Harry crossed over and dropped his book bag on the floor. He plopped down next to his friend, then said with a shrug, “I apologised to him.”
Ron gaped at this confession as Hermione screeched, “What?! Harry - why? You were only trying to help! He had no right having a go at you like that - not after everything that’s happened.”
“She’s right, mate,” Ron agreed. “You saved his life. Where does he get off docking you points for putting Boot in his place?”
Harry gnawed thoughtfully on his bottom lip as he considered the question. It wasn’t that he didn’t understand his friends’ indignation; he was well aware that just a year or two earlier he would have been railing against the unfairness of it all right along with them. But now...the sharp words were the same, the scathing tone was the same, but instead of taking offence, Harry found nothing but a kind of comfort in their familiarity, as if they were a rock - however craggy and inhospitable - to which he could cling in this strange new world.
“He’s had a hard time of it, too,” Harry said quietly, after a moment. “After everything he’s done, who am I to complain if he wants to go on like before?”
Hermione opened her mouth as if to argue, but it was Ron who said grimly, “We all had a hard time of it - you more than anyone. But I don’t see you treating everyone like shite, Harry.”
“But Terry would have. Terry was treating Snape like shite, like none of the good had happened. Like he really was the traitor we all thought he was, when we know better now. He doesn’t deserve it, Ron, no matter how much of a prat he may be.” Harry paused in the middle of this unusually impassioned defence, then continued in a more tentative vein, “And...I think it’s his way, you know? Of moving on. Of trying to get back to something like normal.”
“That’s a normal I can do without, thanks,” muttered Ron, but Hermione looked thoughtful at Harry’s words, and the trio soon moved on to more agreeable conversation.
As the weeks passed and once-familiar patterns floated to the surface of everyday life, Harry found that it was easier than before to pretend to normalcy. He joked with his friends, flew when he could, and studied in his usual, distracted way. But late at night, when the castle was asleep, Harry would don his one remaining Hallow and wander the halls, and it was then that he felt most keenly his lost ability to coax some secret serpent into opening a hidden passageway or chamber. Having never heard it as anything other than English, Harry couldn’t even remember the sounds of Parseltongue to mimic them as Ron had during the final battle. It was lost to him, a thing he’d never really appreciated until it was gone.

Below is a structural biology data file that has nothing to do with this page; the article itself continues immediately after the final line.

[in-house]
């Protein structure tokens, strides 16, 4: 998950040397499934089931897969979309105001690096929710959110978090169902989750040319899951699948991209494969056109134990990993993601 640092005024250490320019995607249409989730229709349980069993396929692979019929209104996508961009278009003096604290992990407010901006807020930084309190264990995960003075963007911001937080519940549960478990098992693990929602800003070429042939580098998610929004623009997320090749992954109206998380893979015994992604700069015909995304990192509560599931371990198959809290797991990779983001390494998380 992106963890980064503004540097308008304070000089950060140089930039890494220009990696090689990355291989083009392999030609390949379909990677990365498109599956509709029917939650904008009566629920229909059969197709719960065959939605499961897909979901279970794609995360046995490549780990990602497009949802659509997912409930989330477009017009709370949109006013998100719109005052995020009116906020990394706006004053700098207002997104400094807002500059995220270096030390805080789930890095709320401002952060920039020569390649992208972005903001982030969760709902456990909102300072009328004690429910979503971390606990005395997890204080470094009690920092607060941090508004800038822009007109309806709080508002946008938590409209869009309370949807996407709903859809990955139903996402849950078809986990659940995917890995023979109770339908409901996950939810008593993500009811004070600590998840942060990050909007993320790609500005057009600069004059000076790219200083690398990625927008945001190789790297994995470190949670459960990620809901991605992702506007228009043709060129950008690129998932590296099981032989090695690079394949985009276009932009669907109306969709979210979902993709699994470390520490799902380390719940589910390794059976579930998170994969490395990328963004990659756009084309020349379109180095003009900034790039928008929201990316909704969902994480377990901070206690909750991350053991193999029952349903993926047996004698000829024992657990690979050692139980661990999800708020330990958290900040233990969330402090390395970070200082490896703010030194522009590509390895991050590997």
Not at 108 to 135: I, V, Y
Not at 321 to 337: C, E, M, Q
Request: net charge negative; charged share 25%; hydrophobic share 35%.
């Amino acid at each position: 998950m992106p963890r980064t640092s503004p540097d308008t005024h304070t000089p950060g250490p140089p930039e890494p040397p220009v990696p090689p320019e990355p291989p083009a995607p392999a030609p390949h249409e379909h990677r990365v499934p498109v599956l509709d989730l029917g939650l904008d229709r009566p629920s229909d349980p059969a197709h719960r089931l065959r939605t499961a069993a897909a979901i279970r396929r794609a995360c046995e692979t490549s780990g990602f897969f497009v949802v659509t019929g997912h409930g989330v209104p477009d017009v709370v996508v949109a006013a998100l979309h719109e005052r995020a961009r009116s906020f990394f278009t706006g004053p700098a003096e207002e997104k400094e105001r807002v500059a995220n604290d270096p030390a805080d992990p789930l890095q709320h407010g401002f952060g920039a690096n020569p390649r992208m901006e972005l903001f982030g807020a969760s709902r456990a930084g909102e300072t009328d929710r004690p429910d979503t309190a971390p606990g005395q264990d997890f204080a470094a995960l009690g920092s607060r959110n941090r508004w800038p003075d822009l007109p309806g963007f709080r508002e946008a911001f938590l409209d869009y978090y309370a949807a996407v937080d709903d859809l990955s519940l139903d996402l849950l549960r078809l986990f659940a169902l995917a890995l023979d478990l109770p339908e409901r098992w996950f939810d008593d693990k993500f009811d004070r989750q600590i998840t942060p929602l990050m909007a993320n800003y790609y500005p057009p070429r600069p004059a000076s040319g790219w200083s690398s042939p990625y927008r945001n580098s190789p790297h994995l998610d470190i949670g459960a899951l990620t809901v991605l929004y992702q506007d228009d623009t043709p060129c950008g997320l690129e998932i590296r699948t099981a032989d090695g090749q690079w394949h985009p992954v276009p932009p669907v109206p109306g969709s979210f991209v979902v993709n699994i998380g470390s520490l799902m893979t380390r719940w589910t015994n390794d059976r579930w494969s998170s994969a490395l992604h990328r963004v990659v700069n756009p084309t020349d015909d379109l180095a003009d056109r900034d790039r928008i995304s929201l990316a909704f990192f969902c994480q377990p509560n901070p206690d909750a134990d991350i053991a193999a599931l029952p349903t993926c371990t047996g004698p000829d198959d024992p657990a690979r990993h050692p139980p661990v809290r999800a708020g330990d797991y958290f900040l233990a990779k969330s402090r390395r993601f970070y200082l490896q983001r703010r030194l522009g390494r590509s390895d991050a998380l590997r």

It was on one such night that Harry stood high atop the castle, looking out over the moonlit grounds from his vantage point in a high, open-aired turret. The wind had taken on a wintry bite, but the warming charm he cast transformed it to a refreshing breeze that lulled him into pleasant somnolence. And as he stood there, swaying slightly in a sleepy stupor, he heard footsteps from behind and thought, belatedly, to reach for his wand.
“With such catlike reflexes at your disposal,” came Snape’s languorous baritone from the darkness, “it’s no surprise that you’re the Hero of Hogwarts.”
Harry turned to find Snape stepping out of the shadows, and he gave the professor a sheepish smile.
“Can’t sleep either, sir?” he asked, reading in Snape’s black-encircled eyes a purpose different from their old cat-and-mouse games. Snape glowered at the words, walking over to a far balustrade to look out over the darkened castle.
“I fail to see how that is any of your business,” he replied, prompting a soft laugh from Harry.
“Too true, sir,” he said, with a rueful shake of his head.
Harry turned back to his own view, and the two stood together in a silence that, if not exactly companionable, was nonetheless oddly agreeable. Once or twice Harry thought he sensed Snape stealing a stealthy look at him, as if trying to make sense of some unexpected puzzle, but he carefully kept his own eyes on the play of light and dark below.